Jessica Cox: Well, it wasn't easy from the beginning because no one had ever done this before as far as I knew at that point. No one had flown a plane with just their feet and to this day, I believe I'm the only one as far as I know, in all the years that I've been a pilot. And all my pilot friends in the community say, I'm the only one who's learned to fly and with my toes alone on the controls. So, there were a lot of questions. How is this going to be done? You know, who's going to teach me? Would this be even allowed? Is this you know, is this going to be a problem getting the authorities to endorse this? Will other people be comfortable with this idea? Will people think I'm crazy? There's a lot of different questions. But I'm pretty, fairly bullheaded. And so, it was ingrained in me that that sense of just do it, because I was born without arms. So, it was just, I had to just do it. And so, for me, none of those concerns really dawned on me, it was just how am I going to figure this out? And it was really, that can-do attitude, that initiated everything, and that's with anyone aspiring to do anything great in life, you have to have that belief and that's how it started. It started, that’s started my journey. Find the instructor. Find the airplane. Train. And it was a long three-year arduous journey to do that with a number of hurdles, but an amazing community of pilots who are behind me 100%. And I do want to do a shout out to my instructor Parrish Traweek, because he really took me to the end to get my certification and I really appreciated that.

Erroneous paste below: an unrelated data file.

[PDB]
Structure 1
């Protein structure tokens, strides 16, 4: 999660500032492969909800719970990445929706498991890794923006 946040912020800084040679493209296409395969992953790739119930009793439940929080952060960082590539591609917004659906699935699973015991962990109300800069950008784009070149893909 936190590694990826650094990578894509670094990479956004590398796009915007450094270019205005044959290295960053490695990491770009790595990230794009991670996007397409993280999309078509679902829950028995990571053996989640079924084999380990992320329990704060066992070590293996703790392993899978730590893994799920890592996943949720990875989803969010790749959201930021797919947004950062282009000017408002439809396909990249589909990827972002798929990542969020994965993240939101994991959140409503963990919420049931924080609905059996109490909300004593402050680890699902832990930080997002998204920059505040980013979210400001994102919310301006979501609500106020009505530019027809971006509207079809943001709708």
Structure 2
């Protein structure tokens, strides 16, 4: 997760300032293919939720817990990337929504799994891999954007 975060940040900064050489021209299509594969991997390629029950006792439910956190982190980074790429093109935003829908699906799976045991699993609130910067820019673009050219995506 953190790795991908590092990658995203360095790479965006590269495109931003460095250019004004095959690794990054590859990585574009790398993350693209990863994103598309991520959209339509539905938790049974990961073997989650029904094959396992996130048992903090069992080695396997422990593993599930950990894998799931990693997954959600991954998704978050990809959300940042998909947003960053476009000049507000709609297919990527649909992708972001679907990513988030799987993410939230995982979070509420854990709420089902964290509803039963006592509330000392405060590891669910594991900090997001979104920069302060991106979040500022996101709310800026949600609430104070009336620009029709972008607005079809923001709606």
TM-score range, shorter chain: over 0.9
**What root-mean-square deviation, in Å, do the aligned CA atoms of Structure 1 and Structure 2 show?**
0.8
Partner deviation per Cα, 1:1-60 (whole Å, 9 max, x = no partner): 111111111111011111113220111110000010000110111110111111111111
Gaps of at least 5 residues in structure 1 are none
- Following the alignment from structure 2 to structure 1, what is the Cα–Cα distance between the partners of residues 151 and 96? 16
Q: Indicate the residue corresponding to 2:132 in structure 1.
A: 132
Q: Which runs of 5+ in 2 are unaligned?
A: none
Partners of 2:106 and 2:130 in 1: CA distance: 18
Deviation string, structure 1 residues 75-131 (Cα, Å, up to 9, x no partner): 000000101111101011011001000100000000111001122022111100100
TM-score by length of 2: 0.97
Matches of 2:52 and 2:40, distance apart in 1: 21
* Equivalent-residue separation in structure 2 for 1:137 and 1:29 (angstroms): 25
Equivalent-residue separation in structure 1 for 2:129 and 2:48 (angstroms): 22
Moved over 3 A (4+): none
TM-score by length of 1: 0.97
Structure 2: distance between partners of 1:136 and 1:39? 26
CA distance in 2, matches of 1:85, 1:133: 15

Lucy Jabbour: What were some of the like biggest hurdles that you found the most challenging through that.

Jessica Cox: Some of them were the physical aspect of you know, landing a plane, because there's so many things going on. That was probably the hardest physical task for me. Making sure that I'm in a safe position to do that part, the landing. It took me a long time to just get it. And I think I remember hitting a wall in my training and having to have another instructor just step in for a few lessons to kind of shake it up a little. And I got through that and finally, figured it out. How to land safely. 

DaiJah Metoyer: What makes the ErCoupe airplane ideal for flying with your feet? Why that airplane specifically?